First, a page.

That Mr. Clark's attorney felt Mr. Clark should still plead to such a significant charge probably indicates that the attorney felt there was some risk of conviction to a more serious crime , possibly first degree felony home invasion or that the plea would prevent the prosecutor from pursuing the most draconian penalties available under the law.

 

There would have to be someone present in the room or a weapon involved. I think if this was the case that Coach Hoke would not take the risk of this fact being exposed (I know I wouldn't). However, you are reaching here so that it sounds more serious. If we had all the facts, we could debate those facts. As it currently stands we do not. Making absolute statements based on hypothetical situations is not a very scientific way to make a point.

 

Suspension from the program for a year would be a tolerant response; a single game smacks of a program with d-line issues trying to get their best players on the field at all costs.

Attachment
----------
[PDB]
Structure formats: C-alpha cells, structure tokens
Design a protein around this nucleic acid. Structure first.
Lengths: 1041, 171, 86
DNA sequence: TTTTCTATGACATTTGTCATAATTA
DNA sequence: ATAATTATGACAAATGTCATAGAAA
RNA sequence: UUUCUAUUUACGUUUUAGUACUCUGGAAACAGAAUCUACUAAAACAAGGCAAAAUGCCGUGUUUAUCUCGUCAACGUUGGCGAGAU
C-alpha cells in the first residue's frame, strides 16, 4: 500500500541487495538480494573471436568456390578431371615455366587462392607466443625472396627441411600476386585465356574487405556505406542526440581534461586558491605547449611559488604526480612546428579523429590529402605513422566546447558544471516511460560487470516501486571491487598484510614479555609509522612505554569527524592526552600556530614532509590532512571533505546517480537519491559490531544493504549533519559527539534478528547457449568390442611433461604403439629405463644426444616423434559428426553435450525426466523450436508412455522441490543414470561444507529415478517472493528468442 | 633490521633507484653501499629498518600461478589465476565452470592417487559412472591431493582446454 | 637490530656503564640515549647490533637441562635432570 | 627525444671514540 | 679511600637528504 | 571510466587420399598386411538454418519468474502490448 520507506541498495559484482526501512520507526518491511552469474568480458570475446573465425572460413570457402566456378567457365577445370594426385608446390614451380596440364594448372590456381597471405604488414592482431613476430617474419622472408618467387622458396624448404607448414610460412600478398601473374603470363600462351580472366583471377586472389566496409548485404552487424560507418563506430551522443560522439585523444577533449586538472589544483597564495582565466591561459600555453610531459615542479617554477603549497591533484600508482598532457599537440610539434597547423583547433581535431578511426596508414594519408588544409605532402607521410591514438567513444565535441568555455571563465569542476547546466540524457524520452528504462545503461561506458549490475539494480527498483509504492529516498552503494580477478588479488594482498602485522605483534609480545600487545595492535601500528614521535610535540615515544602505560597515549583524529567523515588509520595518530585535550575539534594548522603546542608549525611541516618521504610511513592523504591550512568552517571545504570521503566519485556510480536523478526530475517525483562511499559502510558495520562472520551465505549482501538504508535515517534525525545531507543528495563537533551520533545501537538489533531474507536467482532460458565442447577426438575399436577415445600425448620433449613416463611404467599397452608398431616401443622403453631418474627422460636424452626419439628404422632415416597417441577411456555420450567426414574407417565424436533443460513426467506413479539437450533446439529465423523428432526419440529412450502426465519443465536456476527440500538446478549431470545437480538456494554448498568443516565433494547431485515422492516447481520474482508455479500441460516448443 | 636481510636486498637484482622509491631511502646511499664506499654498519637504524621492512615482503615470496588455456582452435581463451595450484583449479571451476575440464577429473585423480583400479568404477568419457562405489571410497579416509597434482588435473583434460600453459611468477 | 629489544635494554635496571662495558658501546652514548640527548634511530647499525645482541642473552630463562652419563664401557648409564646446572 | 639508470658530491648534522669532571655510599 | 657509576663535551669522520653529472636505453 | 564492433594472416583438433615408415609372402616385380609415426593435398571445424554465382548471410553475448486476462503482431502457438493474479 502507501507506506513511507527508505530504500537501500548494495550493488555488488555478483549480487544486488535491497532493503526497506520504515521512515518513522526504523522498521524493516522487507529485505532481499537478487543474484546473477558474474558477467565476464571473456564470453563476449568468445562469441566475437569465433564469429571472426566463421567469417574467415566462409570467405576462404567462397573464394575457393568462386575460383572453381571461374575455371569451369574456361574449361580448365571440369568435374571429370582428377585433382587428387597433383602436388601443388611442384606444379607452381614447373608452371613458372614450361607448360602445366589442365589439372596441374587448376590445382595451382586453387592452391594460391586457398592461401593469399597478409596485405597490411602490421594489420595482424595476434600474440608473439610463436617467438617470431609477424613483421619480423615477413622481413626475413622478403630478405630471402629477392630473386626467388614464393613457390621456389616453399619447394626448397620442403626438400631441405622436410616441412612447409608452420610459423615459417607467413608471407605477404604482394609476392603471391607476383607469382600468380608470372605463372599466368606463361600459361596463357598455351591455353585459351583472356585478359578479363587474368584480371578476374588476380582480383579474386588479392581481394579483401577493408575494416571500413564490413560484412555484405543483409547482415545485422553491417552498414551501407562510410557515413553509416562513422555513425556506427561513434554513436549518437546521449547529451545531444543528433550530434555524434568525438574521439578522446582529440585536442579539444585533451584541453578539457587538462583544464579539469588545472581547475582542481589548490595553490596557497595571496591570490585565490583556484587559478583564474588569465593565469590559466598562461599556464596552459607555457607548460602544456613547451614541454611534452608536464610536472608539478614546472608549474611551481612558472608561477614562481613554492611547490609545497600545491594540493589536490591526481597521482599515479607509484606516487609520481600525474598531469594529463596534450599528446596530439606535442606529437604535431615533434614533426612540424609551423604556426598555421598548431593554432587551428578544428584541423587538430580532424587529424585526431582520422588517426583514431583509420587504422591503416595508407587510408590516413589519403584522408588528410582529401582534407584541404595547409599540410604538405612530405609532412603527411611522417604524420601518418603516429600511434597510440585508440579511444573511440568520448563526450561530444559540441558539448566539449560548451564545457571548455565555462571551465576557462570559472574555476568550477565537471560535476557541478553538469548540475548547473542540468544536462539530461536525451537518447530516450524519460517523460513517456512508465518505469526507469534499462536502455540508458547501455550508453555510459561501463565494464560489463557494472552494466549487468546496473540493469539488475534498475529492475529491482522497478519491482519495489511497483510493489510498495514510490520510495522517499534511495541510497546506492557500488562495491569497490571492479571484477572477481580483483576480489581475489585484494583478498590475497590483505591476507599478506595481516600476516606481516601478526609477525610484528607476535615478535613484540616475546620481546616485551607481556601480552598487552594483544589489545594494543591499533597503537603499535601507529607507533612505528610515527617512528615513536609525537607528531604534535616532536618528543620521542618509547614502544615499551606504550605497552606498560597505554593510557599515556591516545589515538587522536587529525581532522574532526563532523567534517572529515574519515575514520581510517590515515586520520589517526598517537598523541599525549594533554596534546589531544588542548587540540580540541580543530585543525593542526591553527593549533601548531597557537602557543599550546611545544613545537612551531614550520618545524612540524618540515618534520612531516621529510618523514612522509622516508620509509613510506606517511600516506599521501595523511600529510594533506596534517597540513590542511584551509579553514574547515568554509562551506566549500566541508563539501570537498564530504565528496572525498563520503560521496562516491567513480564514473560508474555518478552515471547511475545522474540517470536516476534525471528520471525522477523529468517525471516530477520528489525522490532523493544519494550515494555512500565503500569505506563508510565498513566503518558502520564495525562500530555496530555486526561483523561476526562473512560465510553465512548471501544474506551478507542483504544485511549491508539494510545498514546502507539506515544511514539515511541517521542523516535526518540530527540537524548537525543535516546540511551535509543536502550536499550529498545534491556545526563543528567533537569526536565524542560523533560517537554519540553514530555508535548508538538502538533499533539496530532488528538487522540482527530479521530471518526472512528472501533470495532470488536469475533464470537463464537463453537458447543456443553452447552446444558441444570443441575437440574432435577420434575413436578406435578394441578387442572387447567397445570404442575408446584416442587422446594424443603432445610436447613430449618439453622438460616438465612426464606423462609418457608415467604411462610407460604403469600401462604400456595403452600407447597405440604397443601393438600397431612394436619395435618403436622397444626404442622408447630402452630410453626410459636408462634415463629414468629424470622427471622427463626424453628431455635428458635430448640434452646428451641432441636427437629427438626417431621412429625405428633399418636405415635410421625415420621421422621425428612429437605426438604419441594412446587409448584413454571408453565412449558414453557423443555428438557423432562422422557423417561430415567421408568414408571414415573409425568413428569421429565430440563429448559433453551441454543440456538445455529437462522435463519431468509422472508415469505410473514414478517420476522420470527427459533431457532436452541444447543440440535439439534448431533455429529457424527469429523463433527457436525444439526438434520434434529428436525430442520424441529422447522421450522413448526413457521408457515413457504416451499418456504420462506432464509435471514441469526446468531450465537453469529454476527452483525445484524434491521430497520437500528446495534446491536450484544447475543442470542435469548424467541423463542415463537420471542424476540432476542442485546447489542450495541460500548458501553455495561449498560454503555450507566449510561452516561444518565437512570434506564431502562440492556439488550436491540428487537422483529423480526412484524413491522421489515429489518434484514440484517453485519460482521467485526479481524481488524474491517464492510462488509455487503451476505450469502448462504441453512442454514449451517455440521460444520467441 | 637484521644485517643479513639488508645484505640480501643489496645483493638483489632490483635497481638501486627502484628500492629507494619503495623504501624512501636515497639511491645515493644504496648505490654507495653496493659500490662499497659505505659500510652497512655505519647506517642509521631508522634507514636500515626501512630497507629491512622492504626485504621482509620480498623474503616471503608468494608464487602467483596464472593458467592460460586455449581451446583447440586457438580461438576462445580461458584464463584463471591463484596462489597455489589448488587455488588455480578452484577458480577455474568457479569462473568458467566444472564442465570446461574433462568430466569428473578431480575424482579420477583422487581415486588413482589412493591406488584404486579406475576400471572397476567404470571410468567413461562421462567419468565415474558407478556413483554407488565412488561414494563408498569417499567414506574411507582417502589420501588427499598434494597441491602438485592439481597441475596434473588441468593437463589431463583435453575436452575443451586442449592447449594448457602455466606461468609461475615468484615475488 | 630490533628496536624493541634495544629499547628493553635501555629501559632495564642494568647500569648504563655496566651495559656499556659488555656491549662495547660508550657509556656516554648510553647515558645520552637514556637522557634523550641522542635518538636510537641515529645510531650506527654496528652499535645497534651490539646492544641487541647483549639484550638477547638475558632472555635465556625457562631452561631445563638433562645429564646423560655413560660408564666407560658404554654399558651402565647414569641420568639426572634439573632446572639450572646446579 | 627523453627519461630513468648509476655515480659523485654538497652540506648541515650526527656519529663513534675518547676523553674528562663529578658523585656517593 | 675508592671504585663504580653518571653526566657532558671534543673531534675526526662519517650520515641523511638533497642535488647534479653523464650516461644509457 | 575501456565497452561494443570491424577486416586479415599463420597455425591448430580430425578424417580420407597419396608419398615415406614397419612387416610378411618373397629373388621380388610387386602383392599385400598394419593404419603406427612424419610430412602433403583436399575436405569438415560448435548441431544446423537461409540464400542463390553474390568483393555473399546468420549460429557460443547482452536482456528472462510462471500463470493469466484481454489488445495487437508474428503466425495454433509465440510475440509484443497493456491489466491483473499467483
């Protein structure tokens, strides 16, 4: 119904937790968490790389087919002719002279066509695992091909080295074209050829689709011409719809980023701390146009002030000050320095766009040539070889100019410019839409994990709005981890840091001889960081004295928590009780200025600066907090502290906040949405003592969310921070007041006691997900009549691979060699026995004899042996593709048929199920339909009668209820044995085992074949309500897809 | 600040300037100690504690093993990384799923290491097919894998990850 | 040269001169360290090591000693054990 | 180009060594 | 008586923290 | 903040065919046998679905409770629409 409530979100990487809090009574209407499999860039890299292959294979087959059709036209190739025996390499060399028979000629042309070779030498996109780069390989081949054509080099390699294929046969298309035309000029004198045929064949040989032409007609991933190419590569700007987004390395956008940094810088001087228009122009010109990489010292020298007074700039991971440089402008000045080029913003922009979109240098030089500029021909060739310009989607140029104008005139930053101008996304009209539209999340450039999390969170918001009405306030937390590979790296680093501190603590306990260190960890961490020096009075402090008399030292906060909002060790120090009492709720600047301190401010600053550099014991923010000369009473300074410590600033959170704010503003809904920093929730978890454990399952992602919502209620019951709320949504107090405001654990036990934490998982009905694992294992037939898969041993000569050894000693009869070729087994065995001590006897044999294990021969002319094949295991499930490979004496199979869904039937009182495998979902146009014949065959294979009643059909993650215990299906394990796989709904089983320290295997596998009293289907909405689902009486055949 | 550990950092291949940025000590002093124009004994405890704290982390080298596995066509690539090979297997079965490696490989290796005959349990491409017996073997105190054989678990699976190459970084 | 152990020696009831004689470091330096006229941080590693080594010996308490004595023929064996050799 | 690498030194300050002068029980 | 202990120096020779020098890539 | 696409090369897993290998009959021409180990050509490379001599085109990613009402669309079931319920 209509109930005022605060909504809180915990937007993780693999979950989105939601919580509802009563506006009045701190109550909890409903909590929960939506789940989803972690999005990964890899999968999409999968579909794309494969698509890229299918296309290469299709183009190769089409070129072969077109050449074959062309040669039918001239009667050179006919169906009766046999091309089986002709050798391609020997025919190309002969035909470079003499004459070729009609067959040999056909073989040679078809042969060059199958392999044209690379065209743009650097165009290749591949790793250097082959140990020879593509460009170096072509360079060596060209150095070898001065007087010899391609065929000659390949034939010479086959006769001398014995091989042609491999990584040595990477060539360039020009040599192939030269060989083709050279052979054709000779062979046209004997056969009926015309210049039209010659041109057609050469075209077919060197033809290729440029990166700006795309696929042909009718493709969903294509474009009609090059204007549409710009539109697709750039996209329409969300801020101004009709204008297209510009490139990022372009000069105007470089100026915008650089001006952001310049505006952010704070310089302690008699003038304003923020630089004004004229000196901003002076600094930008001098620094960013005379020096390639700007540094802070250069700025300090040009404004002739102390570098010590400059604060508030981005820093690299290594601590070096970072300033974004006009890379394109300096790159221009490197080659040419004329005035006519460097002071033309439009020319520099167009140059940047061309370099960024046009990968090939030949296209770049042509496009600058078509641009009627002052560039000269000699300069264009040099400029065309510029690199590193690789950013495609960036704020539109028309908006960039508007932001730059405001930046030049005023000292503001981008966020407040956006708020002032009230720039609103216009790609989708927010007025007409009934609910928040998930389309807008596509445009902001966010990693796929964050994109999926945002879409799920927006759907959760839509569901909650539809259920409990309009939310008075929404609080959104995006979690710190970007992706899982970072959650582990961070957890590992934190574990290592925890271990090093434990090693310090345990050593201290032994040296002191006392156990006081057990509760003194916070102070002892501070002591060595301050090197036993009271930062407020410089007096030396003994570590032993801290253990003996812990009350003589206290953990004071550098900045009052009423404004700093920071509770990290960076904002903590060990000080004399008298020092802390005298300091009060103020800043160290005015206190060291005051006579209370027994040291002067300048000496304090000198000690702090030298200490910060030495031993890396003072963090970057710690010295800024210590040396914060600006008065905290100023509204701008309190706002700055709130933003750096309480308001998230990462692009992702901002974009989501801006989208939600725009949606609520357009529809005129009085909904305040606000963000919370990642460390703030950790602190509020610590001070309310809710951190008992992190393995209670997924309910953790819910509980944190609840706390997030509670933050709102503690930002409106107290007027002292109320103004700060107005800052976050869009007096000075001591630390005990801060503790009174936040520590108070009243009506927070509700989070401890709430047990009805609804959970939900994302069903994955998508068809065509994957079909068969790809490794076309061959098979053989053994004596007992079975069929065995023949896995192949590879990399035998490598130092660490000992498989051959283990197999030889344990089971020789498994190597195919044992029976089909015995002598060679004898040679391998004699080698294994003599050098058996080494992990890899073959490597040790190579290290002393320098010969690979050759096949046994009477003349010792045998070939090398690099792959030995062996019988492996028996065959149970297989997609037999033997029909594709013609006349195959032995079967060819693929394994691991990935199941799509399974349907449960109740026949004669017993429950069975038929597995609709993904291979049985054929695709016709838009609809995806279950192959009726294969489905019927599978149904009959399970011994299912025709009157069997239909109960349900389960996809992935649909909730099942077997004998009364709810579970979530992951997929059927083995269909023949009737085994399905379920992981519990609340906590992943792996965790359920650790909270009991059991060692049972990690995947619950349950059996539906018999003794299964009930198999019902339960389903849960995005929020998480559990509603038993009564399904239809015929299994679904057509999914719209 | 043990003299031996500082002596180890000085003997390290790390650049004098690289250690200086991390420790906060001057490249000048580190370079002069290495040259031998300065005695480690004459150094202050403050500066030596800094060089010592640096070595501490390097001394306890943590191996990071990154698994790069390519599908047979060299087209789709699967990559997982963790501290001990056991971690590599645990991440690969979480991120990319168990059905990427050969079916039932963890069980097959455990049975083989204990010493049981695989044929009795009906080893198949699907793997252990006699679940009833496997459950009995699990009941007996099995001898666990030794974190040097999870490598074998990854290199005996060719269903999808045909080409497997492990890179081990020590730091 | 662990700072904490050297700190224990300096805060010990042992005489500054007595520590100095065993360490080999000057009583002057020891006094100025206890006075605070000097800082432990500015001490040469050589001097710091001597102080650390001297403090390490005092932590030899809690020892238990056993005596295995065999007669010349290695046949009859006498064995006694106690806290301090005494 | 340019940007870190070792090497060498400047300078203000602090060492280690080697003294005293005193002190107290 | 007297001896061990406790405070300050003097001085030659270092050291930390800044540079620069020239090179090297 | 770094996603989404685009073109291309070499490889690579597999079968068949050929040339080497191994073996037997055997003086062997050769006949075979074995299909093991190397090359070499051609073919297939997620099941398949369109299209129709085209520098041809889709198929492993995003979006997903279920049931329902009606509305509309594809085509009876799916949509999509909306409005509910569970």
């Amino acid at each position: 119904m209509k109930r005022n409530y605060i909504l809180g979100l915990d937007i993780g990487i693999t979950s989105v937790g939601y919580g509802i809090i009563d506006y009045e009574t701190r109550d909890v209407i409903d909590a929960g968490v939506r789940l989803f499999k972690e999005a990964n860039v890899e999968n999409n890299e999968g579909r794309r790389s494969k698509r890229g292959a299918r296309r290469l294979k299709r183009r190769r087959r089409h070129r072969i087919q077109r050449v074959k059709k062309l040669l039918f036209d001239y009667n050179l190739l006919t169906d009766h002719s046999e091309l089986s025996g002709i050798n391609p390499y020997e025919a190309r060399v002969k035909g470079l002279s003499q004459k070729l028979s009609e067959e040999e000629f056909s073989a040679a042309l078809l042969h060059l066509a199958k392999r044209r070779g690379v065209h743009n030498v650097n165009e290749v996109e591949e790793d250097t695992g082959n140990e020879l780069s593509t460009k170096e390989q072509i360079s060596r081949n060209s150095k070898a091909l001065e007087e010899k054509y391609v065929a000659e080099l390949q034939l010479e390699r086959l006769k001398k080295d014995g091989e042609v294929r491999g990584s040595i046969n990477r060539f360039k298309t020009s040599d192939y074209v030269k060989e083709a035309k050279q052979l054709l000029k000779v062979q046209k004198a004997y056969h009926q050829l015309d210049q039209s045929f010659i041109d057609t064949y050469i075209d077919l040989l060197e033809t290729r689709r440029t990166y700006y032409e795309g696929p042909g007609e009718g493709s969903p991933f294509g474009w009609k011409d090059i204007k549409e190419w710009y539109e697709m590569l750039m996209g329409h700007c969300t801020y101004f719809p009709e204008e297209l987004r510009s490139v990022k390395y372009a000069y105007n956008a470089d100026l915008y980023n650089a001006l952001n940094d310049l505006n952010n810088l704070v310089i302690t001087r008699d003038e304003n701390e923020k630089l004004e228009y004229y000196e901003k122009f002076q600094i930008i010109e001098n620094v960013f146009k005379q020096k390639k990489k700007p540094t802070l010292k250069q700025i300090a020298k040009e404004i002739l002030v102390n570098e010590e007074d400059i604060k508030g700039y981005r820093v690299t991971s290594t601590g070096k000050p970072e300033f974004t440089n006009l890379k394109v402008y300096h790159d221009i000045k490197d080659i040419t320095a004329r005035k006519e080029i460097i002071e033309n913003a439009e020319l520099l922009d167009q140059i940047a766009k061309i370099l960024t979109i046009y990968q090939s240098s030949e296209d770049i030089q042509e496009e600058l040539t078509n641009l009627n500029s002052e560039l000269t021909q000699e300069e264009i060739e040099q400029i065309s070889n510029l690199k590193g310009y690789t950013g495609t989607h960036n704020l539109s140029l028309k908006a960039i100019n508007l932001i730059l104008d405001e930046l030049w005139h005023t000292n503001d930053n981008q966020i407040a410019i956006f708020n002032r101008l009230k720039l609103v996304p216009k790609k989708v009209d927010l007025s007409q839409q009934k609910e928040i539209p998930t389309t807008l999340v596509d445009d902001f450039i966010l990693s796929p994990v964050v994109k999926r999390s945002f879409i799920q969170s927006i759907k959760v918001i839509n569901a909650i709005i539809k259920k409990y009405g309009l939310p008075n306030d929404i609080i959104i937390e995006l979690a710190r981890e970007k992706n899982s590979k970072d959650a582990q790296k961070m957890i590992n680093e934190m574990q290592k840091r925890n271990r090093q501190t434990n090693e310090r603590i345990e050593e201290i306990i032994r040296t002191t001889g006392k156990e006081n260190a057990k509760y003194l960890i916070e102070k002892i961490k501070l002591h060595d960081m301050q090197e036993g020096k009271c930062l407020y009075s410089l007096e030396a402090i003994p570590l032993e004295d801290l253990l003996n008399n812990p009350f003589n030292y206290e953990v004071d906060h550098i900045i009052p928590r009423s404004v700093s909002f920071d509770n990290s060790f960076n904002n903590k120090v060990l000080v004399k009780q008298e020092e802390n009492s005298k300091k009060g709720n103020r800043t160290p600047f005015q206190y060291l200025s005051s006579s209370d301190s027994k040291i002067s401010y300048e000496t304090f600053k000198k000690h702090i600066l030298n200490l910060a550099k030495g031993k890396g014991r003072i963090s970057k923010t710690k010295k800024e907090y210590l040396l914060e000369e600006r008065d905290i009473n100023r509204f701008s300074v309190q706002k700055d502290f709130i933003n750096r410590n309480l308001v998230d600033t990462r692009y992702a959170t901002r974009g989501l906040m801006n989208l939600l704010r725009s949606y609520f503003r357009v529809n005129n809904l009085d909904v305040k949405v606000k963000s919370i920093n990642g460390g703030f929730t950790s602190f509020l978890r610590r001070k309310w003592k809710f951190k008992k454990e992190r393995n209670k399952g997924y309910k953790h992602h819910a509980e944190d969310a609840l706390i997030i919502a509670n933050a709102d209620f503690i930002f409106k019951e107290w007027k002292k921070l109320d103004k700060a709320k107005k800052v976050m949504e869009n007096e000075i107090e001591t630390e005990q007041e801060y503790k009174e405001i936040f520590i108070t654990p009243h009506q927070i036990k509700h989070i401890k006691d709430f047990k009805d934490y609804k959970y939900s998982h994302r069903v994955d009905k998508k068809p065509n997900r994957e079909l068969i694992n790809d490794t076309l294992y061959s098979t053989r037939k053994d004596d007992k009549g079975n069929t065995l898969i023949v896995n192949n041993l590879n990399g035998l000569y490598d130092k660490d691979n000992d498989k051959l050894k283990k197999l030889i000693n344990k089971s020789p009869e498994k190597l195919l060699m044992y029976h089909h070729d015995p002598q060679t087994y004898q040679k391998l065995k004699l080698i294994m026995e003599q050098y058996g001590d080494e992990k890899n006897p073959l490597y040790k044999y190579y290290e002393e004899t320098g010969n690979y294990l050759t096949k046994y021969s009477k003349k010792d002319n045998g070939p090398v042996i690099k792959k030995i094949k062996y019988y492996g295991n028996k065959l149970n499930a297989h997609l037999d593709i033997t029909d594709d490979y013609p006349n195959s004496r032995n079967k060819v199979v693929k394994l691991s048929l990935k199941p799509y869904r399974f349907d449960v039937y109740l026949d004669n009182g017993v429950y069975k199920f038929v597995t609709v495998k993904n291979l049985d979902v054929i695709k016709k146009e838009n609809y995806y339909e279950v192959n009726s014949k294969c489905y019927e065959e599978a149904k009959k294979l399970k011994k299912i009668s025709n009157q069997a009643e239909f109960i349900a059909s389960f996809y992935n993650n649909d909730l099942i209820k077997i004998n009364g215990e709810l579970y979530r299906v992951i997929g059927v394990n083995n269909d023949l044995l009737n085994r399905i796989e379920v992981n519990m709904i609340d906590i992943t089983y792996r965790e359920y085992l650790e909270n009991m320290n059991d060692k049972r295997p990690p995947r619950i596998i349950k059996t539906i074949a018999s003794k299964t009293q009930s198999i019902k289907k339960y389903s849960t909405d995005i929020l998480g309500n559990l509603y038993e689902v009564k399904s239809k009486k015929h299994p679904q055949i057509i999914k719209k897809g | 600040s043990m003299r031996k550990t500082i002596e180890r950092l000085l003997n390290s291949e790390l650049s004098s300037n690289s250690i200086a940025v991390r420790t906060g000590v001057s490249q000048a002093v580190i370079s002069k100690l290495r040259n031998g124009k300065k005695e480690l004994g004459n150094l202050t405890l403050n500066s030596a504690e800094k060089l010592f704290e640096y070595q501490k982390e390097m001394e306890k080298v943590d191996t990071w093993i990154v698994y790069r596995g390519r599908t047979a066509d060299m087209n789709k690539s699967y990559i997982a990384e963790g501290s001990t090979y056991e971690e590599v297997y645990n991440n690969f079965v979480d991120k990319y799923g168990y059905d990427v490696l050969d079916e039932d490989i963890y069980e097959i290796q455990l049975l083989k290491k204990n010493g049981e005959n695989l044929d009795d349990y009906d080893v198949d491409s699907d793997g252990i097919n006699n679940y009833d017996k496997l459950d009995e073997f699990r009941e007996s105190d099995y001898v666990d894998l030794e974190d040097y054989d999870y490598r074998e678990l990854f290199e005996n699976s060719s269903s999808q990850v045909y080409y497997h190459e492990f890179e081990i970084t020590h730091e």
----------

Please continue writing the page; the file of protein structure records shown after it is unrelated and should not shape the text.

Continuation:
I don't agree. I trust that what is being done is best for the player and the University.

Mr Miggle

September 11th, 2012 at 8:44 PM ^

I assume that means something like running stairs early in the morning. To me that seems like an appropriate response to being late for a team meeting or missing a class, not for criminal convictions.

I agree with you on the legal arguments. Clark pled to what he was charged with. He didn't do that to avoid more serious charges, but to get a more lenient sentence and to get the case resolved. 

I'm not going to criticize Hoke here. I respect how he's handled players with legal problems so far and I trust his judgment.